The Tax Office ordered a high-level review of its internal crime-busting unit after a botched investigation led to a team of Canberra-based bureaucrats raiding a naval base in Victoria.
The review came after an Ombudsman's inquiry into allegations the unit had gone rogue, overstepping its powers in pursuit of a former employee on a "hunch" the man had threatened one of their own.
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The ATO also ordered a review of the conduct of senior officers in its feared Fraud Prevention and Internal Investigations branch (FP&II) who ordered the inquiries into their former colleague who was suspected of sending hate mail to a senior tax official.
The office has admitted it should have called in police to assess the case before it sent seven Canberra public servants, armed with a search warrant, to burst into HMAS Cerberus on the Mornington Peninsula in October 2011.
The officials, who had been flown from the capital to conduct the raid, scoured the man's workplace and living quarters for nine hours but found no evidence against the ex-employee who had enlisted in the navy after leaving Tax Office the previous year.
The target of the raid, Gary Setter, who has consistently denied any wrongdoing, is considering legal action while another investigation, by the Privacy Commissioner, into the unit's conduct of the case is under way.
The Tax Office ordered an "independent" assessment of the conduct of the managers who ordered the raid, rewrote behavioural standards for the FP&II unit and called in its integrity adviser Damien Bugg, QC, to review the outfit's "powers, processes and systems".
In its response to the Ombudsman inquiries, the Tax Office said it relied on advice from the Attorney-General's Department that it should go it alone on the investigation and not refer it to police. The ATO conceded there might be the "possibility" of a conflict of interest in allowing officials to lead the pursuit of their former colleague, who had resigned as an ATO fraud investigator in 2010.
Mr Setter had been the target of an earlier FP&II investigation after being accused of improperly accessing the tax records of members of his family and left the department before the matter was fully resolved.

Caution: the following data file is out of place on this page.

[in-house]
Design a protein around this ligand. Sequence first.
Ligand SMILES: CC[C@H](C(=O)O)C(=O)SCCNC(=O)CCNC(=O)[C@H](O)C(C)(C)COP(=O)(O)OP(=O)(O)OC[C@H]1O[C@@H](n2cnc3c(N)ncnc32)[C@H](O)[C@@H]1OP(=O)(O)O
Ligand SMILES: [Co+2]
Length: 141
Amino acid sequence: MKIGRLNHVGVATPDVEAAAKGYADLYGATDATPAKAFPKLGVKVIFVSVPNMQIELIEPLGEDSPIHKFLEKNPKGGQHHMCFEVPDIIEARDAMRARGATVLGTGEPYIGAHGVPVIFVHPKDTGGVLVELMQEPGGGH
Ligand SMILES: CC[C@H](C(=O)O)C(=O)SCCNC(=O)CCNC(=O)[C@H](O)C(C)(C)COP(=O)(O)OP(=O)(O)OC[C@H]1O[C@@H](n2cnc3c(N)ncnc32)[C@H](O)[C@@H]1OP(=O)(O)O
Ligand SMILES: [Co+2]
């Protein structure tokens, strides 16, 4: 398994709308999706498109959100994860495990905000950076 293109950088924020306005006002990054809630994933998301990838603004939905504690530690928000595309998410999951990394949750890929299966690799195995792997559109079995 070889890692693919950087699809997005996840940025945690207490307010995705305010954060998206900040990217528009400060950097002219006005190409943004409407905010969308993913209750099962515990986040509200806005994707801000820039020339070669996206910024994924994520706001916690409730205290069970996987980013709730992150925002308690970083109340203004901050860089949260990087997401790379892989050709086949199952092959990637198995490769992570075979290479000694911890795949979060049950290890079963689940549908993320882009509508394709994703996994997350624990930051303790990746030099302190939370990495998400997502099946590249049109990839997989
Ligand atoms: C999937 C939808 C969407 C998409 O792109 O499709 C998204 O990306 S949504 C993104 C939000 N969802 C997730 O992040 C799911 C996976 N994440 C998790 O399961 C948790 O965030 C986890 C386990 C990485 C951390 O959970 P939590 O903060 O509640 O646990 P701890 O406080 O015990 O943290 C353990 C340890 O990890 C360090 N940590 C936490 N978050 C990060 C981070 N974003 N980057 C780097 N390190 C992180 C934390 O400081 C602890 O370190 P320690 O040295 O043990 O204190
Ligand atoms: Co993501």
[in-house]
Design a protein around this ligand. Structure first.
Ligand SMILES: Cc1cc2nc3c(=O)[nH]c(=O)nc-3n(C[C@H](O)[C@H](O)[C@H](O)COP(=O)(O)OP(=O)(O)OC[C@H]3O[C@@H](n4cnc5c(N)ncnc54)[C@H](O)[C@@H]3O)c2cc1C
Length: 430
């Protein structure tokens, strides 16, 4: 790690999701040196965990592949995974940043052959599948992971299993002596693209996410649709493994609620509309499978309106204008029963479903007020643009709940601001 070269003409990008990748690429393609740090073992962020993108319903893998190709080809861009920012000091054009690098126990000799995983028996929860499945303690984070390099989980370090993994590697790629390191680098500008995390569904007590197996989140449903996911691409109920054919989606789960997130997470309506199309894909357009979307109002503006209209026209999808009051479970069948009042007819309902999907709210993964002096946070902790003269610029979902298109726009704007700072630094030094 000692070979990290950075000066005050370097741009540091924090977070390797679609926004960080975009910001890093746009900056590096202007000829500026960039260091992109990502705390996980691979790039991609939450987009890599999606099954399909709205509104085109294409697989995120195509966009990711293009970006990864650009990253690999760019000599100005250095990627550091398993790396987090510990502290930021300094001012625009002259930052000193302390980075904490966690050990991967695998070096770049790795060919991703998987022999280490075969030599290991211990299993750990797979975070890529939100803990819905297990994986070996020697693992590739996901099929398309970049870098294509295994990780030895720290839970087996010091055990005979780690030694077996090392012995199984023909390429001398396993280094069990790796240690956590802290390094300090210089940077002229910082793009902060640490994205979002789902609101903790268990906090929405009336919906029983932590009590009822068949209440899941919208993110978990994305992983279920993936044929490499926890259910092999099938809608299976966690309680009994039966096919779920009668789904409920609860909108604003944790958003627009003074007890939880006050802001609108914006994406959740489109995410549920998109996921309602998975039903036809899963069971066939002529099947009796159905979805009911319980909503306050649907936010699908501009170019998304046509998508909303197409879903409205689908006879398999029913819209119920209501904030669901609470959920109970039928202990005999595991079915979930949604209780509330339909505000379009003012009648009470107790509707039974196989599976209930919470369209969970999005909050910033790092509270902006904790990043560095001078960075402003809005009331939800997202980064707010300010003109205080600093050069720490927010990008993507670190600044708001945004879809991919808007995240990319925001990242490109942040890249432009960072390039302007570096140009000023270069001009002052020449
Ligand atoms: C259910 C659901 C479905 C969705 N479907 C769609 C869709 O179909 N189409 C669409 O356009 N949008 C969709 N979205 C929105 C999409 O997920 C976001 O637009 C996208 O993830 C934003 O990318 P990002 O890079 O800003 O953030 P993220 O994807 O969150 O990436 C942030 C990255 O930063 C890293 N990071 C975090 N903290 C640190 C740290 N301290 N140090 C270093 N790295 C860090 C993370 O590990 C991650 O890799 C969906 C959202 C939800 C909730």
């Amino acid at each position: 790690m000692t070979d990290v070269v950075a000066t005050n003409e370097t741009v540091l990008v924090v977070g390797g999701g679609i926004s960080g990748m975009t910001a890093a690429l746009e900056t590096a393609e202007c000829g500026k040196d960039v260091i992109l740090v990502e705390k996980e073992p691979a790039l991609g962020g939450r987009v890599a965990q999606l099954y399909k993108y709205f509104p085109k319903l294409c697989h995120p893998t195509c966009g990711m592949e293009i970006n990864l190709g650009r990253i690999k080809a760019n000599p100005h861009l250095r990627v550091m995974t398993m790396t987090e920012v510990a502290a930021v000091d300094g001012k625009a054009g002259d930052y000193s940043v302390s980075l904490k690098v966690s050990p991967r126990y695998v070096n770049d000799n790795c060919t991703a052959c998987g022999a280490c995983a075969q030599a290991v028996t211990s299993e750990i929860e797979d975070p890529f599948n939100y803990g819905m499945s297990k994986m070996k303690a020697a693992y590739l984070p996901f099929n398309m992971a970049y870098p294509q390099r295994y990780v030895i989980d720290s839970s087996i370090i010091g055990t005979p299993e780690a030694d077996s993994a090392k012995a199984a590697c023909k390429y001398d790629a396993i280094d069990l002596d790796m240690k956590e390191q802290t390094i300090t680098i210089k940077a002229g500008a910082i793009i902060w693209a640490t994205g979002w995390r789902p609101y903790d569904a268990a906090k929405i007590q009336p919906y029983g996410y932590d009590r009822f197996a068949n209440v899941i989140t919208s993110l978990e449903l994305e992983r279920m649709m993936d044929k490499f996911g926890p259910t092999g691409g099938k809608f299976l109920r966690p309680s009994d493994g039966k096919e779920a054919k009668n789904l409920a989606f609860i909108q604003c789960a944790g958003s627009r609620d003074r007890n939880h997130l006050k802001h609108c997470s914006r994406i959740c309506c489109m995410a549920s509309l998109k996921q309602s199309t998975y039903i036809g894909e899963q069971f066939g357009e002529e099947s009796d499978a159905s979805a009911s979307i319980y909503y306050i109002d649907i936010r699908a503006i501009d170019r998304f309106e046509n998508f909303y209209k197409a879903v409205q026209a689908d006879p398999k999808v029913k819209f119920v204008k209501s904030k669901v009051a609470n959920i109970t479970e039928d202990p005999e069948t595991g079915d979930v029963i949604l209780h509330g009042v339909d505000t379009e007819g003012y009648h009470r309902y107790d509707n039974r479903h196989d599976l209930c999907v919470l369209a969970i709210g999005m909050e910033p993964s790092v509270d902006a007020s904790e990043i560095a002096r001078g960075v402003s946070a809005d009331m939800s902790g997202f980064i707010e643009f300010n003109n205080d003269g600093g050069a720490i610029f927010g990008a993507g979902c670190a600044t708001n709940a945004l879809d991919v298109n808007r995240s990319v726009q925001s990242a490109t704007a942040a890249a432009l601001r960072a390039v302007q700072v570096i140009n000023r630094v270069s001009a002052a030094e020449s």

He told the Ombudsman he believed the internal fraud unit became convinced he was seeking revenge on the officials responsible for the first investigation.
Mr Setter complained to the official watchdog that his former colleagues pursued him on a "hunch" that he was the man behind a series of letters and phone calls to a senior tax official that were deemed to be threatening.
In a final determination issued last month, the Commonwealth Ombudsman said it was satisfied with the steps taken by the ATO to address Mr Setter's grievances.
"While the ATO maintains that it had the necessary authority to conduct the investigation in this case, it has accepted that a referral to the AFP would have been appropriate to allow the AFP the opportunity to assess the matter," the Ombudsman's delegate wrote.
"The ATO has also agreed to seek independent assessment of whether any officer involved in this matter has breached the Australian Public Service Code of Conduct.''
The ATO has not responded to requests for the results of the reviews it agreed to undertake in the wake of the affair and Mr Setter says he is not satisfied with the responses and that he is considering further legal action. He says he believes he was the victim of an illegal vendetta conducted on taxpayers' money.
"The requisite ethical behaviour has not been met, and significant taxpayer funds were wasted on what could only be viewed as a personal vendetta against a member of the public by a senior public servant," Mr Setter said.
"Again, I state that the actions of the persons involved in this matter are tantamount to criminal acts. To date, I have never been shown any evidence to justify these actions instigated and undertaken by the ATO. How public servants can get away with this and be defended by their taxpayer-funded employer has me baffled."